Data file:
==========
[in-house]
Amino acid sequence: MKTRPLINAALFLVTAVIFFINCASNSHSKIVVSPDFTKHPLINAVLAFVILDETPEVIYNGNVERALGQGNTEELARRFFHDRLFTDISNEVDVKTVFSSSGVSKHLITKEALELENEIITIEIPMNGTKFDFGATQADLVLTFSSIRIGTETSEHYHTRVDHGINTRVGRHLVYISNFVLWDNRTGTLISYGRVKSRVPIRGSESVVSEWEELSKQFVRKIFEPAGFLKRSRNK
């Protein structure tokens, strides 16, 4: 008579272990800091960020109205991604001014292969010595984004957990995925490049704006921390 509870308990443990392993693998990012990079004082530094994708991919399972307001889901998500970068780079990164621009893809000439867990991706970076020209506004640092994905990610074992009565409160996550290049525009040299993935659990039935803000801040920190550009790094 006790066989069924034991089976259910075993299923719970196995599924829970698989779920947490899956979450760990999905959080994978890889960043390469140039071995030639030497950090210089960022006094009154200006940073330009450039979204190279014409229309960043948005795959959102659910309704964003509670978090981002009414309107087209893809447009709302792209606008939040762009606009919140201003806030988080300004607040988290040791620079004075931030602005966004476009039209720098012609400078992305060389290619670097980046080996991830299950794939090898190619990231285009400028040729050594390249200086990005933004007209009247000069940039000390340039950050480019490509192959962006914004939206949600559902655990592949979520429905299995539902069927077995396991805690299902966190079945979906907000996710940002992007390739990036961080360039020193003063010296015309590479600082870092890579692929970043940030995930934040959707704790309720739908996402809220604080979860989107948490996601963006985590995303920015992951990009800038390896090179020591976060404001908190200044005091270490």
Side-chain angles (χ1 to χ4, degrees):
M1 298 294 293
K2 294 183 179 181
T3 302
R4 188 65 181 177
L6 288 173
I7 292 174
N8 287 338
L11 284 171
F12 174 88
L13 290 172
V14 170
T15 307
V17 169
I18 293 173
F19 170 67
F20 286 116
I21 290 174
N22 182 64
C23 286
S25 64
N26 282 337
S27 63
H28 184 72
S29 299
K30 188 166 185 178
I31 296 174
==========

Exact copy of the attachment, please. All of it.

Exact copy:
[in-house]
Amino acid sequence: MKTRPLINAALFLVTAVIFFINCASNSHSKIVVSPDFTKHPLINAVLAFVILDETPEVIYNGNVERALGQGNTEELARRFFHDRLFTDISNEVDVKTVFSSSGVSKHLITKEALELENEIITIEIPMNGTKFDFGATQADLVLTFSSIRIGTETSEHYHTRVDHGINTRVGRHLVYISNFVLWDNRTGTLISYGRVKSRVPIRGSESVVSEWEELSKQFVRKIFEPAGFLKRSRNK
């Protein structure tokens, strides 16, 4: 008579272990800091960020109205991604001014292969010595984004957990995925490049704006921390 509870308990443990392993693998990012990079004082530094994708991919399972307001889901998500970068780079990164621009893809000439867990991706970076020209506004640092994905990610074992009565409160996550290049525009040299993935659990039935803000801040920190550009790094 006790066989069924034991089976259910075993299923719970196995599924829970698989779920947490899956979450760990999905959080994978890889960043390469140039071995030639030497950090210089960022006094009154200006940073330009450039979204190279014409229309960043948005795959959102659910309704964003509670978090981002009414309107087209893809447009709302792209606008939040762009606009919140201003806030988080300004607040988290040791620079004075931030602005966004476009039209720098012609400078992305060389290619670097980046080996991830299950794939090898190619990231285009400028040729050594390249200086990005933004007209009247000069940039000390340039950050480019490509192959962006914004939206949600559902655990592949979520429905299995539902069927077995396991805690299902966190079945979906907000996710940002992007390739990036961080360039020193003063010296015309590479600082870092890579692929970043940030995930934040959707704790309720739908996402809220604080979860989107948490996601963006985590995303920015992951990009800038390896090179020591976060404001908190200044005091270490």
Side-chain angles (χ1 to χ4, degrees):
M1 298 294 293
K2 294 183 179 181
T3 302
R4 188 65 181 177
L6 288 173
I7 292 174
N8 287 338
L11 284 171
F12 174 88
L13 290 172
V14 170
T15 307
V17 169
I18 293 173
F19 170 67
F20 286 116
I21 290 174
N22 182 64
C23 286
S25 64
N26 282 337
S27 63
H28 184 72
S29 299
K30 188 166 185 178
I31 296 174